If you’ve already filed for this year, don’t worry — there’s always next year.
Here at the EAP, we are often asked about FMLA (the Family Medical Leave Act) and how it relates to depression and other mental illnesses. Although covered employees (and their covered family members) can use the EAP to see a qualified mental health professional to obtain a diagnosis and have the paperwork completed for FMLA, it depends on what the employer’s paperwork requests when it comes to what sort of mental health professional is permitted to complete the paperwork. For example, if you have a Licensed Social Worker complete the FMLA forms, but your employer requires a doctorate-level psychologist, you will have to have the assessment done by (and the paperwork completed by) the doctorate-level psychologist in order to qualify for FMLA (pending employer approval).
I know, it’s all very confusing at times! Please talk to your HR department for specific details on what your employer requires for FMLA.
For some general information, check out this article: Can I Use FMLA to See a Psychologist? | eHow.com.
|Pennsylvania’s Yellow Dot Program was created to assist citizens in the “golden hour” of emergency care following a traffic accident when they may not be able to communicate their needs themselves. Placing a yellow dot in your vehicle’s rear window alerts first responders to check your glove compartment for vital information to ensure you receive the medical attention you need.|
|The program is a cooperative effort among the Pennsylvania Departments of Transportation, Health and Aging; the Pennsylvania State Police, the Pennsylvania Turnpike Commission and First Responders and local law enforcement.|
|How does it work?
Participants complete a personal information form, which includes the participant’s name, contact information, emergency contact information, medical history and medications, allergies and the particpant’s doctors’ names. A photo – showing only the participant’s head and shoulders – is then taped to the front of the completed information sheet.
The yellow dot decal provided in the program kit is placed in the lower left corner of the participant’s vehicle’s rear windshield. The decal should be no higher than 3 inches from the bottom of the windshield. This decal alerts first responders that vital information can be found in the vehicle.
Place the completed information sheet, with the attached picture, into the Yellow Dot folder, and then place the folder into the vehicle’s glove box.
|How can I participate in Yellow Dot?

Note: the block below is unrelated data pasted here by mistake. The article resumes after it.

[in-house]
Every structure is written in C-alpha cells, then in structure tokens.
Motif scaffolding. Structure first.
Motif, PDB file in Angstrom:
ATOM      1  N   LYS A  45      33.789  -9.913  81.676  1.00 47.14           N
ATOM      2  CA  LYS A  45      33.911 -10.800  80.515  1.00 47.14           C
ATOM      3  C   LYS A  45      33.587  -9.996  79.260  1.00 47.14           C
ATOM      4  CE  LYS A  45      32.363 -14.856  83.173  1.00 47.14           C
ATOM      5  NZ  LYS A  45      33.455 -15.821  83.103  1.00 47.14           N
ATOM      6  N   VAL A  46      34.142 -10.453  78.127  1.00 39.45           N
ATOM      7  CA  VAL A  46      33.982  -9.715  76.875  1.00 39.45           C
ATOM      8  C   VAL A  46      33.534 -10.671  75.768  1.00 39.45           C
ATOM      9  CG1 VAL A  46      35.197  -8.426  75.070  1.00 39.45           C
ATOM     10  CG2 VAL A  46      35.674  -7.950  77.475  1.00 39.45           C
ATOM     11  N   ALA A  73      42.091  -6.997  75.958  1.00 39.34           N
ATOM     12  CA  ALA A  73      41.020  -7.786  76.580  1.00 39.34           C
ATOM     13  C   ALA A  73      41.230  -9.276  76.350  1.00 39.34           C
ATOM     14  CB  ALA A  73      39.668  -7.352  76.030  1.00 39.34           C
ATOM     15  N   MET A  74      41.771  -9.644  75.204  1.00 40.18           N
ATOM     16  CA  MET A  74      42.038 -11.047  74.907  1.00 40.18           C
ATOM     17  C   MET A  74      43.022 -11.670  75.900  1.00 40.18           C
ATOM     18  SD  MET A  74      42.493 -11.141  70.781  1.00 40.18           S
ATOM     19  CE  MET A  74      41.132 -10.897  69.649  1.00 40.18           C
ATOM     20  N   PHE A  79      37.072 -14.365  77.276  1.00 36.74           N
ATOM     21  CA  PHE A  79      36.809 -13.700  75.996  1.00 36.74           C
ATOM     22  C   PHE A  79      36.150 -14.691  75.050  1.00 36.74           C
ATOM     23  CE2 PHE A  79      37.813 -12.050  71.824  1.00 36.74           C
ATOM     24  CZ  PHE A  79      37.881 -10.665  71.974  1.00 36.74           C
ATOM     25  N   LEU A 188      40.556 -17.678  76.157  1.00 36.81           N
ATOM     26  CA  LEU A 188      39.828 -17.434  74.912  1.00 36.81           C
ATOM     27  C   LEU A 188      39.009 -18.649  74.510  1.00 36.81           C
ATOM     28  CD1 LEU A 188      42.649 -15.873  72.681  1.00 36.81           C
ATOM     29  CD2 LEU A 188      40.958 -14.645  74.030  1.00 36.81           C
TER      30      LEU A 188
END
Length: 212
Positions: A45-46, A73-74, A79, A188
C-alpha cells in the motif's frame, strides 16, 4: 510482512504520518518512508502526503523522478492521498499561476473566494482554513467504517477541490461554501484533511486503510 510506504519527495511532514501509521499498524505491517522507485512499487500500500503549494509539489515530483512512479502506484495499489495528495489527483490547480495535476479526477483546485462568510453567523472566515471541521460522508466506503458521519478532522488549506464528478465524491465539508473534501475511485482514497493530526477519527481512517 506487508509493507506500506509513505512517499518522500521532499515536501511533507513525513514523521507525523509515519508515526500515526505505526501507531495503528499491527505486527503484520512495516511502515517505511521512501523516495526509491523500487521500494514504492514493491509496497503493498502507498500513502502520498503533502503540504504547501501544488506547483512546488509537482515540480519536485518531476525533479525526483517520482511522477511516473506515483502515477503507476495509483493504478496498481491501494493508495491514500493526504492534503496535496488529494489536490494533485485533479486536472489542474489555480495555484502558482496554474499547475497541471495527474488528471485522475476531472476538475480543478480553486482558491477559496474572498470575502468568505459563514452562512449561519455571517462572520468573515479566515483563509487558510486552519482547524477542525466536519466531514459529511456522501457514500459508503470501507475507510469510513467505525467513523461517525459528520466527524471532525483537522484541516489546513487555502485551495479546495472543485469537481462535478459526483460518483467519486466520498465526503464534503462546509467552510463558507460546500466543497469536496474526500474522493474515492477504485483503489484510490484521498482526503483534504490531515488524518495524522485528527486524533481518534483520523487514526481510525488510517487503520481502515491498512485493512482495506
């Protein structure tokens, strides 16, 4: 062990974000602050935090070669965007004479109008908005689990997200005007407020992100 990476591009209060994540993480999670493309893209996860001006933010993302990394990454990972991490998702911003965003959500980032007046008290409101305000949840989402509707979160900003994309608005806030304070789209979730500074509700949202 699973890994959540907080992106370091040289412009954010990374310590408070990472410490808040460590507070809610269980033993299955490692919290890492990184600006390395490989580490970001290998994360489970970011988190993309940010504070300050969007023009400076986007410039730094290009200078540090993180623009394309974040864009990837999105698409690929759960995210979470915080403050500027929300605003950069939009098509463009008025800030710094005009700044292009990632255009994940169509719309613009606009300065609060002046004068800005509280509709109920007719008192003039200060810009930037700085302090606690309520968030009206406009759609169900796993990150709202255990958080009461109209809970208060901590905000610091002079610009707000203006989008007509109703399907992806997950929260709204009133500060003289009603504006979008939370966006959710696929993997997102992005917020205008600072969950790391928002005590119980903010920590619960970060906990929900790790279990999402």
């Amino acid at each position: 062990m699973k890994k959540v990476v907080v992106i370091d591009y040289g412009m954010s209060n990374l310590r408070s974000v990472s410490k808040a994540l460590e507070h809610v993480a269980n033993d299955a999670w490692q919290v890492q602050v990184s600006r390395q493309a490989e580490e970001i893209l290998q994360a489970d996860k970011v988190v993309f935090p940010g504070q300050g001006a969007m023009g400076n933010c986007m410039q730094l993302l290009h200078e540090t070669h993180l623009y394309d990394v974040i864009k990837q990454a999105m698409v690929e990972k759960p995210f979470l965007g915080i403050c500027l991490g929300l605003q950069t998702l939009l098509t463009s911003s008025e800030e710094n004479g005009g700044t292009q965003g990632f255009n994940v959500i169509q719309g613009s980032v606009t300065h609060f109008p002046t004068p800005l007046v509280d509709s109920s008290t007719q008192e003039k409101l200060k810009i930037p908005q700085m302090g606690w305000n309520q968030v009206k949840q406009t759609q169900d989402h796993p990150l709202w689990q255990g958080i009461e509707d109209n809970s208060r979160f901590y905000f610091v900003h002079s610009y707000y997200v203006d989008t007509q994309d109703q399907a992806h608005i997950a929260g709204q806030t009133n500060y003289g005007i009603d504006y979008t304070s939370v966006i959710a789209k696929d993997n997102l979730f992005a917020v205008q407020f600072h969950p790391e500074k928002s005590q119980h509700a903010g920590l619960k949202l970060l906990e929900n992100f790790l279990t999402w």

Another service PennDOT provides that’s accessible even when you’re not in your vehicle is our Emergency Contact Information program. To learn more or to register for this free service visit the program website.
In other states, check with your Department of Transportation to see if they have a similar program!
Here’s an interesting website about 12 Step Groups and 12 Step Programs, which are for all sorts of addictions!
If you think you may need a 12 Step Program, or would like to know what’s in your area, please contact us for a referral.
This just in from the Pennsylvania Department of Health….
The PA Securities Commission, the state agency that regulates the investment industry and investigates investment fraud, is distributing electronic and hard copies of the new “Financial Field Manual For Military Families.” It includes information geared for military personnel and families on basic finances, how to save and invest for retirement and other goals, and how to avoid and report financial scams that specifically target military personnel.
This booklet is educational and non-commercial in nature. Hard copies are available at no cost, while supplies last. Individual as well as bulk quantities are available to anyone who may want to distribute them. Anyone who wants hard copies should e-mail Doug Hassenbein, Pennsylvania Securities Commission, at firstname.lastname@example.org with their quantity request, address and other relevant contact information.
I also have a few more links to be added into our Resources for Veterans page, so be sure to check them out if you’re interested. If you don’t know your company’s login, give us a call at 1-800-543-5080 or email us at email@example.com!
Go4Life , an exercise and physical activity campaign from the National Institute on Aging at NIH, is designed to help you fit exercise and physical activity into your daily life. Motivating older adults to become physically active for the first time, return to exercise after a break in their routines, or build more exercise and physical activity into weekly routines are the essential elements of Go4Life. Learn more